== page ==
One of the very first things I learned about food photography was the “bounce & fill.” It was the first step I ever took to improve my photography (back in my point-and-shoot days). And it is the easiest and probably the most inexpensive way to do so.
The concept is simple: You place a white object opposite of your light source to bounce the light back onto your subject, filling in and softening the shadows.
You can use just about anything that’s white – a napkin, paper, or a box. My first “reflector” was actually a piece of styrofoam, the kind that comes as packing material with a pricey electronic. The styrofoam was totally free, if you don’t count what we paid for the Xbox 360 inside that same box.
The two pictures of the Green Monster Smoothie above were taken with the exact same camera settings, just seconds apart. In the first image, I didn’t use a reflector. In the second image, I placed the reflector just out of the frame, and tilting it towards the shot… ~45 degrees, or whatever the angle is between 90 and my right hip. (And the straw is repositioned, but that’s totally the Toddler’s fault )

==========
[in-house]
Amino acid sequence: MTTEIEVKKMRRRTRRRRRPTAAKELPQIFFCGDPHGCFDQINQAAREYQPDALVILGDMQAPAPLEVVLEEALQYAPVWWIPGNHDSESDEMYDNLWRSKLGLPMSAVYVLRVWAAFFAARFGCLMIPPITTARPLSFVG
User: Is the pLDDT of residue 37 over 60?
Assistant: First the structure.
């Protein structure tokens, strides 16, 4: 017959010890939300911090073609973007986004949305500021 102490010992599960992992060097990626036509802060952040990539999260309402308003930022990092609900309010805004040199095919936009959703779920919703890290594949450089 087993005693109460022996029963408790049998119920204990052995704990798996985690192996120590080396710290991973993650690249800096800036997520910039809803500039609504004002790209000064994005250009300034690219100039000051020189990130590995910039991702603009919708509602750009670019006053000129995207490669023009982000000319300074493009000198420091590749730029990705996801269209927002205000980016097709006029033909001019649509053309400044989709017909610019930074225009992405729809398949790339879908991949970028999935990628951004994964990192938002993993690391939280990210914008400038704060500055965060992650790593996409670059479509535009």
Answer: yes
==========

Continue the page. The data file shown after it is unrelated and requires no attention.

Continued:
The first image of the Homemade Almond Butter was taken without my white board. The lighting is very harsh and, to me, the overall mood is very somber.
The second image was taken with my white board about 6 inches outside of the camera frame, standing straight up on the clamps. Better.
The third image was taken with my white board just outside the camera frame, tilted at a 45-degree angle towards the food. Being a big fan of “light and bright,” I think this image is best at conveying what I wanted to see – a nice, fresh start to the morning with breakfast.
I upgraded to a white foam core board for about $3 – you can find these just about anywhere they sell any type of craft supplies (mine came from Michael’s and I’ve also seen them at Hobby Lobby and Target). Mine is nearly 5 years old and is insanely beat up. But it still works wonderfully.
I also snagged a couple of my husband’s wood clamps from his tool chest in the garage. You can get these at your favorite home improvement store. They probably weren’t $3 each. Pinch the clamps onto the foam core board and you’ve got a reflector that stands on its own, freeing up a hand!